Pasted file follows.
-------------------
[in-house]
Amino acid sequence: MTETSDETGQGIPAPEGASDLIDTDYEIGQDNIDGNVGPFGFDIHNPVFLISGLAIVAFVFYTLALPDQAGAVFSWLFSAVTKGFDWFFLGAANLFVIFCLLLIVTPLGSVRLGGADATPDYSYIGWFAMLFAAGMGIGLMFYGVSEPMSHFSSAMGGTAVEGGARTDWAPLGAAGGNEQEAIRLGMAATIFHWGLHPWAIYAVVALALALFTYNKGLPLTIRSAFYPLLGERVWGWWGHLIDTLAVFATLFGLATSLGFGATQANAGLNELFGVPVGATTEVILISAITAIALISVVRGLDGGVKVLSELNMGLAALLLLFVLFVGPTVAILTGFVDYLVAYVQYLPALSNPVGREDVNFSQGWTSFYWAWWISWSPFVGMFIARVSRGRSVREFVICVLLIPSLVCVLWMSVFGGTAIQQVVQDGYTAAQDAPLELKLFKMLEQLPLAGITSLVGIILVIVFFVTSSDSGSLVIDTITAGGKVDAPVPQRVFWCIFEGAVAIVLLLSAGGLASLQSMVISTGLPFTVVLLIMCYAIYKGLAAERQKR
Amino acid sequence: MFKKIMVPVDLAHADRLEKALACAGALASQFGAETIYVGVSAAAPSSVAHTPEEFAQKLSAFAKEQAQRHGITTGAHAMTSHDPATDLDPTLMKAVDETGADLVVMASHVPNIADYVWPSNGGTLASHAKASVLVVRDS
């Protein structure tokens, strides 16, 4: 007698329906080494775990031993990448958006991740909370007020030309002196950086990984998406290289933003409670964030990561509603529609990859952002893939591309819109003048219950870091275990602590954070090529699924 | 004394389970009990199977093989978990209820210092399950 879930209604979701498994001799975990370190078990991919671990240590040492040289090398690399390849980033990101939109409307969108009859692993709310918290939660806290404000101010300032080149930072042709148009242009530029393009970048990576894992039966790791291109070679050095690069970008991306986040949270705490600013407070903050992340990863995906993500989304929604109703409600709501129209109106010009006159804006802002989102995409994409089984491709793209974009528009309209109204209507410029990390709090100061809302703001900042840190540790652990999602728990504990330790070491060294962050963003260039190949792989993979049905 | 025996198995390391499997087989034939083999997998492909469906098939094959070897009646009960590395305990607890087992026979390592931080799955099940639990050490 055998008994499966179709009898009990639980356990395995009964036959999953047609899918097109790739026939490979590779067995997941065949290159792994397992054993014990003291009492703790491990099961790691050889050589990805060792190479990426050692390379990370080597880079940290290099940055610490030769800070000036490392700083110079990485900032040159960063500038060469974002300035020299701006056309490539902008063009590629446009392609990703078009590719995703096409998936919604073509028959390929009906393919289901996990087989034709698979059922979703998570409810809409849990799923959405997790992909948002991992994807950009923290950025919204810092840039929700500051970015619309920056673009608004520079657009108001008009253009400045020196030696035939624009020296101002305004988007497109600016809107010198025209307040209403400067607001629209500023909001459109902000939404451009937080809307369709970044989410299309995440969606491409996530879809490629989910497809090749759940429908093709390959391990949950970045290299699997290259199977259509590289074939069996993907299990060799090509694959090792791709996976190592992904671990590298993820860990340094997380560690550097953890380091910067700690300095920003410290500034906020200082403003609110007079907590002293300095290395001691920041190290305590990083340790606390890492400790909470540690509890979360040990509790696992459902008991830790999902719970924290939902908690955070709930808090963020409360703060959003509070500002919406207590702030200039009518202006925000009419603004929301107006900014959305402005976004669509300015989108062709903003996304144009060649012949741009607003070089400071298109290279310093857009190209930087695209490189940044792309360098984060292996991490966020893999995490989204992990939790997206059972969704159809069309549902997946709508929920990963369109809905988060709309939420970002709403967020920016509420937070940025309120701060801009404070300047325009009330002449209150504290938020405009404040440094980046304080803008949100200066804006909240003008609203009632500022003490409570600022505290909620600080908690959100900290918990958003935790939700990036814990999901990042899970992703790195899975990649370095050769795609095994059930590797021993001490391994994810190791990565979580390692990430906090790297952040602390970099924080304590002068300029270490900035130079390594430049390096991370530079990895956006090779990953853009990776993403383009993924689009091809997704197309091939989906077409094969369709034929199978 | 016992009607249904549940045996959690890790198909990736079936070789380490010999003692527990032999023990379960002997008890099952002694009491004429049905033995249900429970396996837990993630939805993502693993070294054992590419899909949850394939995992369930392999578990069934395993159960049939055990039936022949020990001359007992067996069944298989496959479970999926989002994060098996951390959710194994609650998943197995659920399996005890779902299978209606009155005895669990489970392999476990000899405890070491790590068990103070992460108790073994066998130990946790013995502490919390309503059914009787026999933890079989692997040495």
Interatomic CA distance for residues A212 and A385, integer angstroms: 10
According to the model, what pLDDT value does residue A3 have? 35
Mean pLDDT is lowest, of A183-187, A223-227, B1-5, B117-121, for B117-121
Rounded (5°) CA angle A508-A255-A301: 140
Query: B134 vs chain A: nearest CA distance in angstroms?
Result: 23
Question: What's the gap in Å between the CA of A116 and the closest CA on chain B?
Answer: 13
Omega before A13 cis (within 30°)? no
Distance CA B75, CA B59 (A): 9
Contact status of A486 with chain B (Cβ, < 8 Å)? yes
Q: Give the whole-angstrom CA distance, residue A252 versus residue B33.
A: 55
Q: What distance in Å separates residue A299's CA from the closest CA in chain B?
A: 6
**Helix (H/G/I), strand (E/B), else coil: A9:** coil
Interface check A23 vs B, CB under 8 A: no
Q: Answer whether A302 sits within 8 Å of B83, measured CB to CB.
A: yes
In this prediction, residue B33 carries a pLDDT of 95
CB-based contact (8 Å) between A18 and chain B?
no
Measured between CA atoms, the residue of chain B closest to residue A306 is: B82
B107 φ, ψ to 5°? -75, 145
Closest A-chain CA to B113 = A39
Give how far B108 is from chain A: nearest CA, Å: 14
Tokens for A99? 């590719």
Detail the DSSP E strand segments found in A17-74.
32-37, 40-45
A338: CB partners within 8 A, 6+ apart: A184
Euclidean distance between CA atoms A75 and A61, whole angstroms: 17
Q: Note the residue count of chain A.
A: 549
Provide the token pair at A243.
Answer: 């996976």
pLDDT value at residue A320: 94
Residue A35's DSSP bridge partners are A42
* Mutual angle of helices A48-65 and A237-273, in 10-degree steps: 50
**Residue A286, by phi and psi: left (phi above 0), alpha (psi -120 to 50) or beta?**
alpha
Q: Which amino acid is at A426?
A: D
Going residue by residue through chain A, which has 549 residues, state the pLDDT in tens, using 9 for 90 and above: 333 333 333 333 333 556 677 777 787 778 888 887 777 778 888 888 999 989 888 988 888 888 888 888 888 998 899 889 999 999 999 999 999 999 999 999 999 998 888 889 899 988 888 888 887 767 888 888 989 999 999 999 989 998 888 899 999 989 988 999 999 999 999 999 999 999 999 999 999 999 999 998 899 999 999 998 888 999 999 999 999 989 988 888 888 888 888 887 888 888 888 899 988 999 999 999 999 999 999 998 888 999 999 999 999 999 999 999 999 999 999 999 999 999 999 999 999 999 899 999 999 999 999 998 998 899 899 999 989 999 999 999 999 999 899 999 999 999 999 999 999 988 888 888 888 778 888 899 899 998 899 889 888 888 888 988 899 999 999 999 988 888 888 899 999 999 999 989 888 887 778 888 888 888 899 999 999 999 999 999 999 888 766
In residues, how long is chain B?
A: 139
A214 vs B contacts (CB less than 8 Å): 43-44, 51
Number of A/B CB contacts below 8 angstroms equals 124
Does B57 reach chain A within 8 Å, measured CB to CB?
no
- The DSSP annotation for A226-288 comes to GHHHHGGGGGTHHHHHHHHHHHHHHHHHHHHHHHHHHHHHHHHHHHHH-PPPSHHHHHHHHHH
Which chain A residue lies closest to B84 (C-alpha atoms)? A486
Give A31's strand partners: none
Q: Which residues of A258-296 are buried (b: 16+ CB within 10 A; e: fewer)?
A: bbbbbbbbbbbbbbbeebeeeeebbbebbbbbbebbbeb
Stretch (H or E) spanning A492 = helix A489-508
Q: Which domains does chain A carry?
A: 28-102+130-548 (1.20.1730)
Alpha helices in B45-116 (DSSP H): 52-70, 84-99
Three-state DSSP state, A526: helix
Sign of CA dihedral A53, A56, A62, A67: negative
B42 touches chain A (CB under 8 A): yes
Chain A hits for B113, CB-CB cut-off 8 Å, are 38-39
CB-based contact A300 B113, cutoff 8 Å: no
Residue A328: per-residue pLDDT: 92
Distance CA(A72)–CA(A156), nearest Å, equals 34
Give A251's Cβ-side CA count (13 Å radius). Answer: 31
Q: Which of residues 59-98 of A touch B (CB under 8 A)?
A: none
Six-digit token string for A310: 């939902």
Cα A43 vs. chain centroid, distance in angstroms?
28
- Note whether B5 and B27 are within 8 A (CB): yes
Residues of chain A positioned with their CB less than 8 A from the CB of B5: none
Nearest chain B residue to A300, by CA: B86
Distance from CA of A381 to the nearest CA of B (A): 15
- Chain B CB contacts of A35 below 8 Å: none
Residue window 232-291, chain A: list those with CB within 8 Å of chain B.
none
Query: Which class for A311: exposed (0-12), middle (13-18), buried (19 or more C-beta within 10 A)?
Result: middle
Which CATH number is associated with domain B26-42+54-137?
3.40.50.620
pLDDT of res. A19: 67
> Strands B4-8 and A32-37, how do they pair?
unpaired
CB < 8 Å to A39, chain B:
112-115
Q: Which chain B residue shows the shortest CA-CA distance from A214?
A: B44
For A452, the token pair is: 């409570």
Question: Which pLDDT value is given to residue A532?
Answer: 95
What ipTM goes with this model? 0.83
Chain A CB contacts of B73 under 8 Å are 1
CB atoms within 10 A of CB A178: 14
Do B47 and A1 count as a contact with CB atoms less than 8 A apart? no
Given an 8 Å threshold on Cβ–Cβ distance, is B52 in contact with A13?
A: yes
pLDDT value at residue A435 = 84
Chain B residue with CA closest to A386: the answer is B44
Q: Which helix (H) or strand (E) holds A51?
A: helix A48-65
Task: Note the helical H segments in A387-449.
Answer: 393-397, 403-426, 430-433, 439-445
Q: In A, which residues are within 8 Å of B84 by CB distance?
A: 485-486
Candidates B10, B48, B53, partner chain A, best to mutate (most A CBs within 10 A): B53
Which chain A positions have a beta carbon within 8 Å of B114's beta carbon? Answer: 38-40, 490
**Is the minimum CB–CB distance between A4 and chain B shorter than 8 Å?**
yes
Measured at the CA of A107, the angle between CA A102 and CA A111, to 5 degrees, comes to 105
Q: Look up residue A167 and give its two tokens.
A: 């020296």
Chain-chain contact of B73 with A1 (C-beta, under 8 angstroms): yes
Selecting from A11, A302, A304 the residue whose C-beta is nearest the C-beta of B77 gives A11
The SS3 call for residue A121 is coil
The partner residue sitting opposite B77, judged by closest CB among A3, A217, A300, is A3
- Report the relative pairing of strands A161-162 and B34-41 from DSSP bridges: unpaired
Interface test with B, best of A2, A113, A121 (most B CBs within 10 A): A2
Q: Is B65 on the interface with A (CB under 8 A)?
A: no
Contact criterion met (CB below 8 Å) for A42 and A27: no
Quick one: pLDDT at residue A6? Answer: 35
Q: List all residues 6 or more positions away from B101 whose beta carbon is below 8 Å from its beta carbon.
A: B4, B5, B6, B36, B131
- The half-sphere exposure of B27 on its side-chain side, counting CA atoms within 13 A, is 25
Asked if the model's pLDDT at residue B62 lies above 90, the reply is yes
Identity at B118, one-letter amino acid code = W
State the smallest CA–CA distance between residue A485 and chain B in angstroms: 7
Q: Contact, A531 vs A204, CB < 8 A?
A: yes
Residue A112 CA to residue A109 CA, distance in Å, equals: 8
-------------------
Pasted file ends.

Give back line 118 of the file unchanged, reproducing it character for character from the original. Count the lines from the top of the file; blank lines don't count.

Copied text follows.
Chain-chain contact of B73 with A1 (C-beta, under 8 angstroms): yes